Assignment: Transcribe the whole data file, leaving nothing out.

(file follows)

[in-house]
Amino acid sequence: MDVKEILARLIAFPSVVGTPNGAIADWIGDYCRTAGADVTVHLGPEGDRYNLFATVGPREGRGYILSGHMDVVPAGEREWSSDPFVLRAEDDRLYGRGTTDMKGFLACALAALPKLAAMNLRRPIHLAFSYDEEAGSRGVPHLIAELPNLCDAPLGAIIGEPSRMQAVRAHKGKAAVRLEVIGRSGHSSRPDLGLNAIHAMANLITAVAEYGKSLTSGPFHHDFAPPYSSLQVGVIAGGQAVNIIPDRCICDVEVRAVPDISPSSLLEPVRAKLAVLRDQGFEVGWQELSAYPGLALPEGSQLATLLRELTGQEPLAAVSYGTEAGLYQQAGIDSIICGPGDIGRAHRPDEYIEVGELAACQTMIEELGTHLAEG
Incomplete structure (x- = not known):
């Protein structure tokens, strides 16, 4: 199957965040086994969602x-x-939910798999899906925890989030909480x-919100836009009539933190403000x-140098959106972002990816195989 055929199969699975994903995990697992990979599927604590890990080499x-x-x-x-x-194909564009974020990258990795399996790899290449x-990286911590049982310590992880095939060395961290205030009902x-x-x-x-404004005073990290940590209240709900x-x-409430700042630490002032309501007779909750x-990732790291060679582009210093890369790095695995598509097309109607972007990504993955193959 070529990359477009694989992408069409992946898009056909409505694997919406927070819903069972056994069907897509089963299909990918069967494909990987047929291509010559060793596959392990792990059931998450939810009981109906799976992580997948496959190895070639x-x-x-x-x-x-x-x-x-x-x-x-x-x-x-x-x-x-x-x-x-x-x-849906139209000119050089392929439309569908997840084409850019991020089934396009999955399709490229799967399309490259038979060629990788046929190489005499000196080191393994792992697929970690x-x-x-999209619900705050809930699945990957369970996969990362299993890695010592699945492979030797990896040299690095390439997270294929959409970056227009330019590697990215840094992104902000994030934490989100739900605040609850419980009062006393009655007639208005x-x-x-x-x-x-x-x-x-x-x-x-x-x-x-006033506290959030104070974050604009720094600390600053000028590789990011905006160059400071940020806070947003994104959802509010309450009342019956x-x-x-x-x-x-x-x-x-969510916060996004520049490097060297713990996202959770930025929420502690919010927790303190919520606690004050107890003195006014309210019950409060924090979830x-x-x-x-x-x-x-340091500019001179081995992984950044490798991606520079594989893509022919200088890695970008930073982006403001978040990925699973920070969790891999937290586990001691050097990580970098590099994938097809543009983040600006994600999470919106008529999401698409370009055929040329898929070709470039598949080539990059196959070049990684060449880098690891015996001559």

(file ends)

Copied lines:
[in-house]
Amino acid sequence: MDVKEILARLIAFPSVVGTPNGAIADWIGDYCRTAGADVTVHLGPEGDRYNLFATVGPREGRGYILSGHMDVVPAGEREWSSDPFVLRAEDDRLYGRGTTDMKGFLACALAALPKLAAMNLRRPIHLAFSYDEEAGSRGVPHLIAELPNLCDAPLGAIIGEPSRMQAVRAHKGKAAVRLEVIGRSGHSSRPDLGLNAIHAMANLITAVAEYGKSLTSGPFHHDFAPPYSSLQVGVIAGGQAVNIIPDRCICDVEVRAVPDISPSSLLEPVRAKLAVLRDQGFEVGWQELSAYPGLALPEGSQLATLLRELTGQEPLAAVSYGTEAGLYQQAGIDSIICGPGDIGRAHRPDEYIEVGELAACQTMIEELGTHLAEG
Incomplete structure (x- = not known):
């Protein structure tokens, strides 16, 4: 199957965040086994969602x-x-939910798999899906925890989030909480x-919100836009009539933190403000x-140098959106972002990816195989 055929199969699975994903995990697992990979599927604590890990080499x-x-x-x-x-194909564009974020990258990795399996790899290449x-990286911590049982310590992880095939060395961290205030009902x-x-x-x-404004005073990290940590209240709900x-x-409430700042630490002032309501007779909750x-990732790291060679582009210093890369790095695995598509097309109607972007990504993955193959 070529990359477009694989992408069409992946898009056909409505694997919406927070819903069972056994069907897509089963299909990918069967494909990987047929291509010559060793596959392990792990059931998450939810009981109906799976992580997948496959190895070639x-x-x-x-x-x-x-x-x-x-x-x-x-x-x-x-x-x-x-x-x-x-x-849906139209000119050089392929439309569908997840084409850019991020089934396009999955399709490229799967399309490259038979060629990788046929190489005499000196080191393994792992697929970690x-x-x-999209619900705050809930699945990957369970996969990362299993890695010592699945492979030797990896040299690095390439997270294929959409970056227009330019590697990215840094992104902000994030934490989100739900605040609850419980009062006393009655007639208005x-x-x-x-x-x-x-x-x-x-x-x-x-x-x-006033506290959030104070974050604009720094600390600053000028590789990011905006160059400071940020806070947003994104959802509010309450009342019956x-x-x-x-x-x-x-x-x-969510916060996004520049490097060297713990996202959770930025929420502690919010927790303190919520606690004050107890003195006014309210019950409060924090979830x-x-x-x-x-x-x-340091500019001179081995992984950044490798991606520079594989893509022919200088890695970008930073982006403001978040990925699973920070969790891999937290586990001691050097990580970098590099994938097809543009983040600006994600999470919106008529999401698409370009055929040329898929070709470039598949080539990059196959070049990684060449880098690891015996001559």